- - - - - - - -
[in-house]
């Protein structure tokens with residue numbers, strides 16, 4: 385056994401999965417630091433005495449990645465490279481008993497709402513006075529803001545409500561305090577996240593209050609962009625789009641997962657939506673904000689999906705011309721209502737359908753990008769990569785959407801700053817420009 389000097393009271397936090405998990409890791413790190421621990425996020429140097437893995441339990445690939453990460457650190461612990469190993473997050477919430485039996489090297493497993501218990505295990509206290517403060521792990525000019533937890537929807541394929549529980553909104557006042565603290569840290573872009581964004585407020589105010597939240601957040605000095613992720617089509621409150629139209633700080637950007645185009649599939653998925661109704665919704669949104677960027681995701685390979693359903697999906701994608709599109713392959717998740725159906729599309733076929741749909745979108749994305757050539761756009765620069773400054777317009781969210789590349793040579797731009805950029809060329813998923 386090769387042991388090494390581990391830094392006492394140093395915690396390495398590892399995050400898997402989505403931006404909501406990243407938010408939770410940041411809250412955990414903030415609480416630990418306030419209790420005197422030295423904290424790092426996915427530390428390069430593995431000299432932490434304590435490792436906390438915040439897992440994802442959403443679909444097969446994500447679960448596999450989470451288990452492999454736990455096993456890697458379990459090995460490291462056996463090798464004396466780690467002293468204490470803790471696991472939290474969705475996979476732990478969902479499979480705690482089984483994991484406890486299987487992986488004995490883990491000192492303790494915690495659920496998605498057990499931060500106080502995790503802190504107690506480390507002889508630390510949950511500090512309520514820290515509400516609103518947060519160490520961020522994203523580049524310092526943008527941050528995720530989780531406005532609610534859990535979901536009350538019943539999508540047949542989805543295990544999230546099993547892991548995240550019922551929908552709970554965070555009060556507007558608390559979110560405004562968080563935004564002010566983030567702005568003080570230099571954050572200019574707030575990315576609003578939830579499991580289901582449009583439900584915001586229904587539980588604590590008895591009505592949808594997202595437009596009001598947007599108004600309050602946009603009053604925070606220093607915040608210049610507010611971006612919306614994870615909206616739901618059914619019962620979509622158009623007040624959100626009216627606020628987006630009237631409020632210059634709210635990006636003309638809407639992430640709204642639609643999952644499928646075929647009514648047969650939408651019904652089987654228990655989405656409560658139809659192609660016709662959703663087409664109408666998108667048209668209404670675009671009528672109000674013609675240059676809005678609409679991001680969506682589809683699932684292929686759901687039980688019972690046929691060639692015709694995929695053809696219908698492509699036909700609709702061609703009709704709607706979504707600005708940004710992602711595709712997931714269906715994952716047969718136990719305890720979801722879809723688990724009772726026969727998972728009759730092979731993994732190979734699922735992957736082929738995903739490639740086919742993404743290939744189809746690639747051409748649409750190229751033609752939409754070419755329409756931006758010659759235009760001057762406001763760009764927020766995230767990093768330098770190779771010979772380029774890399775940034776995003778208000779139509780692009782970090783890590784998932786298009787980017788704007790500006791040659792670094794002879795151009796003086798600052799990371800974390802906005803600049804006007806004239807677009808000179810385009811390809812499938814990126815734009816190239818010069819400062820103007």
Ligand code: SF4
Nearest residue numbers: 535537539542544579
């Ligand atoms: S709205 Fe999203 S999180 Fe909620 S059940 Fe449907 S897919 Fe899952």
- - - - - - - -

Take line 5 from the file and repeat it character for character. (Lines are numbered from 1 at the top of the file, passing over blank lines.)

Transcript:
């Ligand atoms: S709205 Fe999203 S999180 Fe909620 S059940 Fe449907 S897919 Fe899952």